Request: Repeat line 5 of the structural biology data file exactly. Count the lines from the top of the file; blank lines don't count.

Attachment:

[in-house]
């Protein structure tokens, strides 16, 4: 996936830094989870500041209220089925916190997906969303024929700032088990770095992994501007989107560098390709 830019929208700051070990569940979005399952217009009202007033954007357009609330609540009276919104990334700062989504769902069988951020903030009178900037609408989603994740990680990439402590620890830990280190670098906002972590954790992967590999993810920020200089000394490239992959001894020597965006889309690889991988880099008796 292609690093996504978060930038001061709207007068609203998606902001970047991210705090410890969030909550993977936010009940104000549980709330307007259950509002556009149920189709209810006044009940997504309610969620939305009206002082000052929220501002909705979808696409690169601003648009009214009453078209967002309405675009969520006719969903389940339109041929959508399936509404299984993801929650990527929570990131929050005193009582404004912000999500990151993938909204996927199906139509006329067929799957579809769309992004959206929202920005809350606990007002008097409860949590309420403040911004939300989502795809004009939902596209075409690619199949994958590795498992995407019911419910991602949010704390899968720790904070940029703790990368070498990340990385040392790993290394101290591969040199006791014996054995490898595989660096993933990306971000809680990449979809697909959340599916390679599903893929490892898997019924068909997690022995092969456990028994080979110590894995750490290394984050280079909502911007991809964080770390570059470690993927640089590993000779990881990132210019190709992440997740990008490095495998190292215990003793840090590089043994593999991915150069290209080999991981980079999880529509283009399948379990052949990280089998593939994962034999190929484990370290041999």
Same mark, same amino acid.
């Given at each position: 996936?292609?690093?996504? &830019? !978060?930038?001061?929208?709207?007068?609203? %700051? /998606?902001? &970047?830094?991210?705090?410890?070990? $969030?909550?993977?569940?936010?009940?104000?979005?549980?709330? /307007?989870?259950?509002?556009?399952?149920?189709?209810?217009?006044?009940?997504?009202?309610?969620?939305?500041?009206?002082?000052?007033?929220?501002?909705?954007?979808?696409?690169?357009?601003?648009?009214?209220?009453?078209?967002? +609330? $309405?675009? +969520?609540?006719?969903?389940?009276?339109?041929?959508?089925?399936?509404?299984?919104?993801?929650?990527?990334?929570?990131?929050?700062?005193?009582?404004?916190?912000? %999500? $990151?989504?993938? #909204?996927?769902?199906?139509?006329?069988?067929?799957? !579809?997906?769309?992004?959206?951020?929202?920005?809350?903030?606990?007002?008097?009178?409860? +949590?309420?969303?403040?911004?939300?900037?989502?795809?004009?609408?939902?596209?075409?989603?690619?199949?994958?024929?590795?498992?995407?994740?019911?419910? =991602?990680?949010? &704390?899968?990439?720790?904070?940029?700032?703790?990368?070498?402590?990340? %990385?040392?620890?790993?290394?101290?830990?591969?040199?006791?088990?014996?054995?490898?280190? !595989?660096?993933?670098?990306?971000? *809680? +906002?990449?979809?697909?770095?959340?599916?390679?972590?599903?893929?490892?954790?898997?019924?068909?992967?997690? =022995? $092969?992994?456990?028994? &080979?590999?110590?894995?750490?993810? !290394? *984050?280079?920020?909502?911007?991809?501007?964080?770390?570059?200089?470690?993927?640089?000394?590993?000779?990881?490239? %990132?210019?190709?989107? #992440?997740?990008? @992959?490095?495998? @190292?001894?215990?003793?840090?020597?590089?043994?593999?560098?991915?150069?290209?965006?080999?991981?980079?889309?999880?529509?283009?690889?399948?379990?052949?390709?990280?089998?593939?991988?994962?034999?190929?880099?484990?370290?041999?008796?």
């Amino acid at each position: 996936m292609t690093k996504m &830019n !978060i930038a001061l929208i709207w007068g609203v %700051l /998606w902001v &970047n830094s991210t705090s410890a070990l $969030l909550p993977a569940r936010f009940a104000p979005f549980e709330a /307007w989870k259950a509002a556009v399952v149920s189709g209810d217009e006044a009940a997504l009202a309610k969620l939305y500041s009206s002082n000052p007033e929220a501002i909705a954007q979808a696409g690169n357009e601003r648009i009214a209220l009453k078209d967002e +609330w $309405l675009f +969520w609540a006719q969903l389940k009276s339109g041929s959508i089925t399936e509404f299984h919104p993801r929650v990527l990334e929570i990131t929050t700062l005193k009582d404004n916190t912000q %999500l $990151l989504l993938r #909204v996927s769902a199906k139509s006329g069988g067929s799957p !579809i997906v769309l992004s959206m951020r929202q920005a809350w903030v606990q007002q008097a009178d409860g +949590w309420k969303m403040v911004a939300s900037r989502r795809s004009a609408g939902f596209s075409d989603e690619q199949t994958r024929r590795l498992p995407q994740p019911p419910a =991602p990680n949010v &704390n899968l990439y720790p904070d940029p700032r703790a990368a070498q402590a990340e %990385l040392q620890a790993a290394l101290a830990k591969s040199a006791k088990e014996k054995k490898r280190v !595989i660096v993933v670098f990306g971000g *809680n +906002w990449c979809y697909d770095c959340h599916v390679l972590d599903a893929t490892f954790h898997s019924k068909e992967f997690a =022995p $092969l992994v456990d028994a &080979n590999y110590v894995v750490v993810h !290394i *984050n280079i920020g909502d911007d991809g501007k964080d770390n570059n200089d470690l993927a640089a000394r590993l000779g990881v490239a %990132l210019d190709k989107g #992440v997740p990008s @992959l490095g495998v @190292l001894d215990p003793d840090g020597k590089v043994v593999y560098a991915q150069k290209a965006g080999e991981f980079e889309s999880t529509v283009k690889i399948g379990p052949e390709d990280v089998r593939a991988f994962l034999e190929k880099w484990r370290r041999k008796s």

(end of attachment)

């Amino acid at each position: 996936m292609t690093k996504m &830019n !978060i930038a001061l929208i709207w007068g609203v %700051l /998606w902001v &970047n830094s991210t705090s410890a070990l $969030l909550p993977a569940r936010f009940a104000p979005f549980e709330a /307007w989870k259950a509002a556009v399952v149920s189709g209810d217009e006044a009940a997504l009202a309610k969620l939305y500041s009206s002082n000052p007033e929220a501002i909705a954007q979808a696409g690169n357009e601003r648009i009214a209220l009453k078209d967002e +609330w $309405l675009f +969520w609540a006719q969903l389940k009276s339109g041929s959508i089925t399936e509404f299984h919104p993801r929650v990527l990334e929570i990131t929050t700062l005193k009582d404004n916190t912000q %999500l $990151l989504l993938r #909204v996927s769902a199906k139509s006329g069988g067929s799957p !579809i997906v769309l992004s959206m951020r929202q920005a809350w903030v606990q007002q008097a009178d409860g +949590w309420k969303m403040v911004a939300s900037r989502r795809s004009a609408g939902f596209s075409d989603e690619q199949t994958r024929r590795l498992p995407q994740p019911p419910a =991602p990680n949010v &704390n899968l990439y720790p904070d940029p700032r703790a990368a070498q402590a990340e %990385l040392q620890a790993a290394l101290a830990k591969s040199a006791k088990e014996k054995k490898r280190v !595989i660096v993933v670098f990306g971000g *809680n +906002w990449c979809y697909d770095c959340h599916v390679l972590d599903a893929t490892f954790h898997s019924k068909e992967f997690a =022995p $092969l992994v456990d028994a &080979n590999y110590v894995v750490v993810h !290394i *984050n280079i920020g909502d911007d991809g501007k964080d770390n570059n200089d470690l993927a640089a000394r590993l000779g990881v490239a %990132l210019d190709k989107g #992440v997740p990008s @992959l490095g495998v @190292l001894d215990p003793d840090g020597k590089v043994v593999y560098a991915q150069k290209a965006g080999e991981f980079e889309s999880t529509v283009k690889i399948g379990p052949e390709d990280v089998r593939a991988f994962l034999e190929k880099w484990r370290r041999k008796s």